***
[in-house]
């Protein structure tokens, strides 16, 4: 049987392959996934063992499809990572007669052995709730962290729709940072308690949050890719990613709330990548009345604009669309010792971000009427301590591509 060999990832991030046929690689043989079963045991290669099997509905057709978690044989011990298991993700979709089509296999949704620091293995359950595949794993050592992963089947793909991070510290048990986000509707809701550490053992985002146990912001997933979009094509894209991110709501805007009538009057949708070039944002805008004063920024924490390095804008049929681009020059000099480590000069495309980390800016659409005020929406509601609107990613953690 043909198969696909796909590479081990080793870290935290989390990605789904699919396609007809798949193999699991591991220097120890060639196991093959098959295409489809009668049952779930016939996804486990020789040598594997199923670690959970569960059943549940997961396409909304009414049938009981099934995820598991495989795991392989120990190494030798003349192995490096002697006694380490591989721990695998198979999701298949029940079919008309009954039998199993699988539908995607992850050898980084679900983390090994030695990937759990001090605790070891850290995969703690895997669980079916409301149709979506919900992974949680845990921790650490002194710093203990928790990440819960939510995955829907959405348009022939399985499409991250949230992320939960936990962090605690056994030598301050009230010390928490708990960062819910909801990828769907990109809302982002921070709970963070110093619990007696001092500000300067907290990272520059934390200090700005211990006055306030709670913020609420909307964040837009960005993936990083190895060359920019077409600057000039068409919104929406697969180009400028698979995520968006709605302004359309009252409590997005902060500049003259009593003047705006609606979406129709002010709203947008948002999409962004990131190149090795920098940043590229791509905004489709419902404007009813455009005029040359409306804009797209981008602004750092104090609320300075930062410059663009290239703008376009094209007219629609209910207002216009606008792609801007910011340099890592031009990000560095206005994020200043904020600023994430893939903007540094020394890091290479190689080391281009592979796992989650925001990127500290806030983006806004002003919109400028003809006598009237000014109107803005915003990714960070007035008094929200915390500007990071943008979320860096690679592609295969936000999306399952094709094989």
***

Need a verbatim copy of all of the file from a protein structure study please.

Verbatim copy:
[in-house]
């Protein structure tokens, strides 16, 4: 049987392959996934063992499809990572007669052995709730962290729709940072308690949050890719990613709330990548009345604009669309010792971000009427301590591509 060999990832991030046929690689043989079963045991290669099997509905057709978690044989011990298991993700979709089509296999949704620091293995359950595949794993050592992963089947793909991070510290048990986000509707809701550490053992985002146990912001997933979009094509894209991110709501805007009538009057949708070039944002805008004063920024924490390095804008049929681009020059000099480590000069495309980390800016659409005020929406509601609107990613953690 043909198969696909796909590479081990080793870290935290989390990605789904699919396609007809798949193999699991591991220097120890060639196991093959098959295409489809009668049952779930016939996804486990020789040598594997199923670690959970569960059943549940997961396409909304009414049938009981099934995820598991495989795991392989120990190494030798003349192995490096002697006694380490591989721990695998198979999701298949029940079919008309009954039998199993699988539908995607992850050898980084679900983390090994030695990937759990001090605790070891850290995969703690895997669980079916409301149709979506919900992974949680845990921790650490002194710093203990928790990440819960939510995955829907959405348009022939399985499409991250949230992320939960936990962090605690056994030598301050009230010390928490708990960062819910909801990828769907990109809302982002921070709970963070110093619990007696001092500000300067907290990272520059934390200090700005211990006055306030709670913020609420909307964040837009960005993936990083190895060359920019077409600057000039068409919104929406697969180009400028698979995520968006709605302004359309009252409590997005902060500049003259009593003047705006609606979406129709002010709203947008948002999409962004990131190149090795920098940043590229791509905004489709419902404007009813455009005029040359409306804009797209981008602004750092104090609320300075930062410059663009290239703008376009094209007219629609209910207002216009606008792609801007910011340099890592031009990000560095206005994020200043904020600023994430893939903007540094020394890091290479190689080391281009592979796992989650925001990127500290806030983006806004002003919109400028003809006598009237000014109107803005915003990714960070007035008094929200915390500007990071943008979320860096690679592609295969936000999306399952094709094989």